B.C.’s new wine of the year is a dark and mysterious beauty.
A blackberry-milk chocolate-peppercorn treat.
A vintage inspired by the great blends of France’s Rhone Valley.
And the result of a century of family farming on the Naramata Bench.
It’s the 2017 Syrah ($30) from Deep Roots Winery.
More than 700 wines were entered in this year’s British Columbia Lieutenant Governor’s Wine Awards, which kicked off the Fall Okanagan Wine Festival on Thursday night.
A panel of 14 esteemed judges awarded 232 bronze medals, 119 silver, 50 gold and 12 platinum.
From the crop of platinum, the judges retasted and selected the ultimate winner, the top vintage, the coveted wine of the year.
Such a title guarantees the Deep Roots 2017 Syrah will be a quick sellout with wine lovers wanting to sip the province’s best wine.
There’s still some bottles left at Deep Roots’ tasting room and wine shop at 884 Tillar Rd. and online at DeepRootsWinery.com.
Those who attended the awards on Thursday night at the Laurel Packinghouse in Kelowna had the privilege of tasting the prized Syrah right after it was announced as wine of the year.
While its labelled as Syrah, the Deep Roots vintage is actually 93% Syrah and 7% Viognier.
Adding a bit of white wine to a red may sound strange, but it works, as the French in the Rhone Valley have traditionally proved.
A splash of Viognier lightens and lifts Syrah to greatness.
The Deep Roots edition, crafted by winemaker Will Hardman, boasts aromas and flavours of blackberry, cherry, cured peppered meat and milk chocolate.
That may sound like an odd combination, but that’s Syrah and it’s a delicious, textured and complex drink.
Winemaker Will is part of the fourth generation of the Hardman family, which has been farming the land perched on the clay cliffs of Naramata above Okanagan Lake for a century.
For years, the crops were cherries, pears, apples and apricots.
But in 1998, the family started to grow grapes.
For years the grapes were sold to other wineries, until in 2012 Deep Roots produced its first vintage.
The tasting room and shop followed in 2014.
If you really want to wine-geek on the winning Syrah, you should know the grapes were grown in the southwest-facing Rayner Vineyard in North Naramata, which has its own microclimate thanks to a wind-breaking bank to the north, heat-retaining granite rock to the east and moderating Okanagan Lake to the west.
The conditions give the grapes long, warm autumn nights to reduce acids and increase sugars.
The crop is kept to just under three tonnes per acre, a limited production that allows the grapes to fully ripen with amped up flavours.
Hand-harvested grapes are destemmed and rest during a seven-day cold soak to give the resulting juice ideal tannin extraction and a pleasing dark purple colour.
Twelve days of fermentation follows before gentle pressing of the juice off the skins into new and used French oak barrels for two months of malolactic conversion and
16 months of aging.
The dozen platinum medal winners are:
– Van Westen 2016 Cabernet Franc ($40)
– Nk’Mip Qwam Qwmt Riesling 2018 ($24)
– Moon Curser 2017 Touriga Nacional ($40)
– Black Hills 2017 Roussanne ($30)
– Lake Breeze 2017 Aura Pinot Noir ($40)
– Privato Tesoro Pinot Noir 2016 ($35)
– Road 13 Syrah-Malbec 2017 ($32)
– Deep Roots Parentage Red 2016 ($33)
– Harper’s Trail 2018 Pioneer Block Riesling ($18)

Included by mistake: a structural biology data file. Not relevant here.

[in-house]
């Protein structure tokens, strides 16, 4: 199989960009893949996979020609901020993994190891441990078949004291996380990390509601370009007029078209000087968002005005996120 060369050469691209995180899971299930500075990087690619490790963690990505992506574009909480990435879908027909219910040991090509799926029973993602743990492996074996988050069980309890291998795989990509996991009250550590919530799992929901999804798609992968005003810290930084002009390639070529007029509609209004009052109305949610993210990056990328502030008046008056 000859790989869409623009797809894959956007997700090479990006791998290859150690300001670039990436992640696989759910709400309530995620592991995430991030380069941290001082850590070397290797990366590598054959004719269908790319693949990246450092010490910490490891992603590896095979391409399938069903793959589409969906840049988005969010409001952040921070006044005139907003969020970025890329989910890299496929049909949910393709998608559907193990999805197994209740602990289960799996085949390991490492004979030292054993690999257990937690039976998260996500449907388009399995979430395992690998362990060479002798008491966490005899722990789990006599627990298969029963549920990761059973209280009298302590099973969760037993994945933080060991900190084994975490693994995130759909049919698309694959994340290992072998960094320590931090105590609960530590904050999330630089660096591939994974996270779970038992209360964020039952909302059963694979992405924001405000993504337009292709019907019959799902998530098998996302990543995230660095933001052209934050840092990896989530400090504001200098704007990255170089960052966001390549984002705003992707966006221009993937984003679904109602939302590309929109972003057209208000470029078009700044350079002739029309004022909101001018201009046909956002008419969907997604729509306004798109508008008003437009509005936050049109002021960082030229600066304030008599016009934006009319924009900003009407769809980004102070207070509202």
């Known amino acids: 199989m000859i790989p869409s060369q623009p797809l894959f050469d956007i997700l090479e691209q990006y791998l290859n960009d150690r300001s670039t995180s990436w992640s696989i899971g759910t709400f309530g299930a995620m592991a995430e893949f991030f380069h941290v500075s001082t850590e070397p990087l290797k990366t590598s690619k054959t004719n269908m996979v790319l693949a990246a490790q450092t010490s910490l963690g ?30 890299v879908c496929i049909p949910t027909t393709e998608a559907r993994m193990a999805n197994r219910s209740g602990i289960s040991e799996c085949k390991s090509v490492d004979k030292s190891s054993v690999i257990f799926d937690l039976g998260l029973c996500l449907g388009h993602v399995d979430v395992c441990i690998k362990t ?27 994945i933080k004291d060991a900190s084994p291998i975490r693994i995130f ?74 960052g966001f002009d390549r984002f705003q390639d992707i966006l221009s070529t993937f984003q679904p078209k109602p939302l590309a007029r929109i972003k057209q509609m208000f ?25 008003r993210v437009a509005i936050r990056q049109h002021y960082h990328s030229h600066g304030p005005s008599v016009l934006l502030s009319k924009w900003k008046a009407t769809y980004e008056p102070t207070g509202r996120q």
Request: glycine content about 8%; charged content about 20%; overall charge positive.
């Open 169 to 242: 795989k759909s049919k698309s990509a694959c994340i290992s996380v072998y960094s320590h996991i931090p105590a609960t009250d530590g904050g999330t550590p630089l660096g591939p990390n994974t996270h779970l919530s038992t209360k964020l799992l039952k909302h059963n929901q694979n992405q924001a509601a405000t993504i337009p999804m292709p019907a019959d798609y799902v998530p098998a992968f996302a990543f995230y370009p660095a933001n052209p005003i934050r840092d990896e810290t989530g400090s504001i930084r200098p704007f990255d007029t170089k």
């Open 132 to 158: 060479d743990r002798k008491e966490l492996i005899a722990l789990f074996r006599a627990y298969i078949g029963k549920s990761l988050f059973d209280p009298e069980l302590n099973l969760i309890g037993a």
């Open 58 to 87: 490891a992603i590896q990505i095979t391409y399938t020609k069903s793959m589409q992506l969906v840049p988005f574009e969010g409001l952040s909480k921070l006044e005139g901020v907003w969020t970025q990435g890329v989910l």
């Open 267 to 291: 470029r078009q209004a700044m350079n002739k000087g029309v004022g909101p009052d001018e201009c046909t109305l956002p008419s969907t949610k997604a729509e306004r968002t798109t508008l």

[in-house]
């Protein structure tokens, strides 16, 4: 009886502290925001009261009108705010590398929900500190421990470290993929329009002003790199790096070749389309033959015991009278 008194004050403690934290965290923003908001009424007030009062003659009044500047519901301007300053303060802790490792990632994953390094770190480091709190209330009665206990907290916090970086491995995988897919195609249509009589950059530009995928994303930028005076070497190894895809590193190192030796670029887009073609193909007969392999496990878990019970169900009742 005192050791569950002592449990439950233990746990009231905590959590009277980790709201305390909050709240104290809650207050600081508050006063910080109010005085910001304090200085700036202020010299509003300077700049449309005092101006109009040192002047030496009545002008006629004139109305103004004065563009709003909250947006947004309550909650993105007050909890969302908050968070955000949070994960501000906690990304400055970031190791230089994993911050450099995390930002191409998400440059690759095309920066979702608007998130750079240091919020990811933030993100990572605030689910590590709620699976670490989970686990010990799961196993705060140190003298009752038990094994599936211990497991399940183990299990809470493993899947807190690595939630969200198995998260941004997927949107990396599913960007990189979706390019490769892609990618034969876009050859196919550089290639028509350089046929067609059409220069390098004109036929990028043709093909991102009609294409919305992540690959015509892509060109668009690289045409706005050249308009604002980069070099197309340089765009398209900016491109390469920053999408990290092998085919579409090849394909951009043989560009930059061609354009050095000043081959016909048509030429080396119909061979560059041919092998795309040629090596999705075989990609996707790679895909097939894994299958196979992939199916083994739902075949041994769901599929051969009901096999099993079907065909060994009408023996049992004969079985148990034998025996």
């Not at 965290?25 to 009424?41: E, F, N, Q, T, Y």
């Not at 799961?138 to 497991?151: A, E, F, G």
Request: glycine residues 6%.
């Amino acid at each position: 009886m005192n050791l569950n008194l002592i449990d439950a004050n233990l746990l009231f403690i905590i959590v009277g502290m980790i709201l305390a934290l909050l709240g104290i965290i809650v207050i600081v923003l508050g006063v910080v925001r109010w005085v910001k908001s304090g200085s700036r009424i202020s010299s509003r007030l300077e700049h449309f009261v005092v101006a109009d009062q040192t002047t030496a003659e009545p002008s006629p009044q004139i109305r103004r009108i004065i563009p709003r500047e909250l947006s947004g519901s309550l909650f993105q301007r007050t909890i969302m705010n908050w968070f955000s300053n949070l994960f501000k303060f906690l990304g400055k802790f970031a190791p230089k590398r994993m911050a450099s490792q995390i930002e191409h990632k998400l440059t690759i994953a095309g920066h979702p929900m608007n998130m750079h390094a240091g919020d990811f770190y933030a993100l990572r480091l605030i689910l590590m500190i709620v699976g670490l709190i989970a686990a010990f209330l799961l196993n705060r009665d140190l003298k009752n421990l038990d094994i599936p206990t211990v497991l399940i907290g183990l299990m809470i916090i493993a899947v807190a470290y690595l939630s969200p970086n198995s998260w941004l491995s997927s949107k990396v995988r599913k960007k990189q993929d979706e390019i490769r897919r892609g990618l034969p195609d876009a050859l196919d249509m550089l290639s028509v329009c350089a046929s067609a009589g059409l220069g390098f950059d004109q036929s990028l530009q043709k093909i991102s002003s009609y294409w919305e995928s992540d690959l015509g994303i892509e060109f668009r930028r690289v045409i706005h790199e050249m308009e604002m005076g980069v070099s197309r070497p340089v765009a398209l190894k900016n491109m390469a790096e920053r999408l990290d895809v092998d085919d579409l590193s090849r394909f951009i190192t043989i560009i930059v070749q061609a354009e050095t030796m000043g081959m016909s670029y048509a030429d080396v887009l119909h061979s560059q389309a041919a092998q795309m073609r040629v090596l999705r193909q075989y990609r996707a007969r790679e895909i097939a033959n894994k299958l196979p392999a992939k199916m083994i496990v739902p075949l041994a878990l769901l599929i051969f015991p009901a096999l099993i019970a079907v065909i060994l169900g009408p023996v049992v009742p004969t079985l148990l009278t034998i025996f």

– C.C. Jentsch Syrah 2016 ($32)
– Sandhill 2018 Riesling Icewine ($47)
– Wayne Gretzky Signature Series Shiraz 2016 ($25)
You can see the full list of gold, silver and bronze winners at TheWineFestivals.com.
The 11-day Fall Okanagan Wine Festival continues through Oct. 13 with 100 events up and down the Valley attracting 30,000.
The complete calendar is at TheWineFestivals.com.
As the weather chills, wouldn’t it be nice to fly to California?
But if you can’t afford the airfare and time off work is a problem, visit the Golden State by drinking California wines.
I’ve come across four vintages that will do the trick.
The Freemark Abbey 2017 Napa Valley Chardonnay ($40) is both typical and atypical of a Napa Chard.
It has the aromas and flavours you’d expect from a warm-weather Chard – apple, lemon, toffee and vanilla.
However, whereas many California Chards are too heavily oaked for my liking, the Freemark is elegantly oaked.
Speaking of oak, the Rodney Strong Charlotte’s Home 2018 Sauvignon Blanc ($24) from Sonoma County also spent some time in wood barrels.
But just enough to give it a kiss of oak and let the flavours of grapefruit and melon shine through.
The Rodney Strong 2016 Estate Russian River Valley Pinot Noir ($28) is an excellent example of how the delicate varietal can be grown in a cooler climate in California.
It’s soft and silky with aromas and flavours of cherry and baking spices.
Cabernet Sauvignon is the king of California reds and the Rodney Strong 2016 Sonoma Country Cabernet Sauvignon ($28) is indeed regal.
Cherry, blackberry, plum and pepper aromas and flavours make it a smooth match for cheddar cheese, pasta in tomato sauce or steak.
There’s a local tie in to Rodney Strong.
Vancouver-based Mark Anthony Wines & Spirits imports Rodney Strong wines for sale in Canada, including B.C. government liquor stores.
Mark Anthony is also part of the company that owns Okanagan wineries Mission Hill, CedarCreek, Road 13, Martin’s Lane and CheckMate.
The Freemark Chard can only be purchased in B.C. online at EverythingWine.ca.
Steve MacNaull is a reporter with The Okanagan Weekend. Reach him at email@example.com. Listen to Steve’s Okanagan Wine & Dine show exclusively on OkanaganValleyRadio.com Saturdays at 11:15 a.m. If you miss it then, show are always available in the podcast vault.